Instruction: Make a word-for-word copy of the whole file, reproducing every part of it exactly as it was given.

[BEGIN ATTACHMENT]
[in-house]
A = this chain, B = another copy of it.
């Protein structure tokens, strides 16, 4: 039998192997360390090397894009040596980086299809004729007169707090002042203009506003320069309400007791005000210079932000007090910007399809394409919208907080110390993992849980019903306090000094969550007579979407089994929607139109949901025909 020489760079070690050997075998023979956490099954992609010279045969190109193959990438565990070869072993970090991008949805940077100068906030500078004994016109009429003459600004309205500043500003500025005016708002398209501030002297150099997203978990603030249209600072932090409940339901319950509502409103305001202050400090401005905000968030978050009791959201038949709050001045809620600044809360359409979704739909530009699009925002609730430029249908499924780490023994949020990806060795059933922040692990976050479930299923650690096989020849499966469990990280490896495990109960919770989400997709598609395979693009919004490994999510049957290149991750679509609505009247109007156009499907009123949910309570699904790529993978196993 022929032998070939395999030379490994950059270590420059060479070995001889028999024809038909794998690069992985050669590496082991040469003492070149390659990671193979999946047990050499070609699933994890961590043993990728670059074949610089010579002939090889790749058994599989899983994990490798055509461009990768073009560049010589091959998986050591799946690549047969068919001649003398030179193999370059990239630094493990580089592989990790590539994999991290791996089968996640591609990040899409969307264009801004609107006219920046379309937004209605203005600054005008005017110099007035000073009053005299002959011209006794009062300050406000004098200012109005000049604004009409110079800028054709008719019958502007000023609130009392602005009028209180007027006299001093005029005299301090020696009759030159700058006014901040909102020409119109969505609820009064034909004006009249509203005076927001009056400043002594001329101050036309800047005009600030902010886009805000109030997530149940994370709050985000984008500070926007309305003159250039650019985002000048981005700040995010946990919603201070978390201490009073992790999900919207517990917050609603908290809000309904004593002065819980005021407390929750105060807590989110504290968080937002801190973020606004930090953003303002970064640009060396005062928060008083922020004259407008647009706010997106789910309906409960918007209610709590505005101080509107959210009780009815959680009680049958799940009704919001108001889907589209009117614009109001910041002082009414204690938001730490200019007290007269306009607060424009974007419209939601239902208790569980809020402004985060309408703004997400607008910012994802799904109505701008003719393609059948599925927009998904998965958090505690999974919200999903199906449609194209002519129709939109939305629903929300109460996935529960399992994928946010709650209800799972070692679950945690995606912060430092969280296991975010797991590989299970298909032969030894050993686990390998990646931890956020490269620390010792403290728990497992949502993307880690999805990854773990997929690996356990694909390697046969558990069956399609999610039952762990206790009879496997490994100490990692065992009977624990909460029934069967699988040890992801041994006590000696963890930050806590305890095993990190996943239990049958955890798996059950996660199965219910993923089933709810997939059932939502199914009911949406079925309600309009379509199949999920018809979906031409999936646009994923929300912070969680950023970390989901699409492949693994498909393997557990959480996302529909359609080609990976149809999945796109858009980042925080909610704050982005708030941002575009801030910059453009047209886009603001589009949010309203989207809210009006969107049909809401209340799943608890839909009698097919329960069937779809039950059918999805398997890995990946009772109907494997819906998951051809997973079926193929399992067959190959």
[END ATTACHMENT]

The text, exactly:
[in-house]
A = this chain, B = another copy of it.
């Protein structure tokens, strides 16, 4: 039998192997360390090397894009040596980086299809004729007169707090002042203009506003320069309400007791005000210079932000007090910007399809394409919208907080110390993992849980019903306090000094969550007579979407089994929607139109949901025909 020489760079070690050997075998023979956490099954992609010279045969190109193959990438565990070869072993970090991008949805940077100068906030500078004994016109009429003459600004309205500043500003500025005016708002398209501030002297150099997203978990603030249209600072932090409940339901319950509502409103305001202050400090401005905000968030978050009791959201038949709050001045809620600044809360359409979704739909530009699009925002609730430029249908499924780490023994949020990806060795059933922040692990976050479930299923650690096989020849499966469990990280490896495990109960919770989400997709598609395979693009919004490994999510049957290149991750679509609505009247109007156009499907009123949910309570699904790529993978196993 022929032998070939395999030379490994950059270590420059060479070995001889028999024809038909794998690069992985050669590496082991040469003492070149390659990671193979999946047990050499070609699933994890961590043993990728670059074949610089010579002939090889790749058994599989899983994990490798055509461009990768073009560049010589091959998986050591799946690549047969068919001649003398030179193999370059990239630094493990580089592989990790590539994999991290791996089968996640591609990040899409969307264009801004609107006219920046379309937004209605203005600054005008005017110099007035000073009053005299002959011209006794009062300050406000004098200012109005000049604004009409110079800028054709008719019958502007000023609130009392602005009028209180007027006299001093005029005299301090020696009759030159700058006014901040909102020409119109969505609820009064034909004006009249509203005076927001009056400043002594001329101050036309800047005009600030902010886009805000109030997530149940994370709050985000984008500070926007309305003159250039650019985002000048981005700040995010946990919603201070978390201490009073992790999900919207517990917050609603908290809000309904004593002065819980005021407390929750105060807590989110504290968080937002801190973020606004930090953003303002970064640009060396005062928060008083922020004259407008647009706010997106789910309906409960918007209610709590505005101080509107959210009780009815959680009680049958799940009704919001108001889907589209009117614009109001910041002082009414204690938001730490200019007290007269306009607060424009974007419209939601239902208790569980809020402004985060309408703004997400607008910012994802799904109505701008003719393609059948599925927009998904998965958090505690999974919200999903199906449609194209002519129709939109939305629903929300109460996935529960399992994928946010709650209800799972070692679950945690995606912060430092969280296991975010797991590989299970298909032969030894050993686990390998990646931890956020490269620390010792403290728990497992949502993307880690999805990854773990997929690996356990694909390697046969558990069956399609999610039952762990206790009879496997490994100490990692065992009977624990909460029934069967699988040890992801041994006590000696963890930050806590305890095993990190996943239990049958955890798996059950996660199965219910993923089933709810997939059932939502199914009911949406079925309600309009379509199949999920018809979906031409999936646009994923929300912070969680950023970390989901699409492949693994498909393997557990959480996302529909359609080609990976149809999945796109858009980042925080909610704050982005708030941002575009801030910059453009047209886009603001589009949010309203989207809210009006969107049909809401209340799943608890839909009698097919329960069937779809039950059918999805398997890995990946009772109907494997819906998951051809997973079926193929399992067959190959």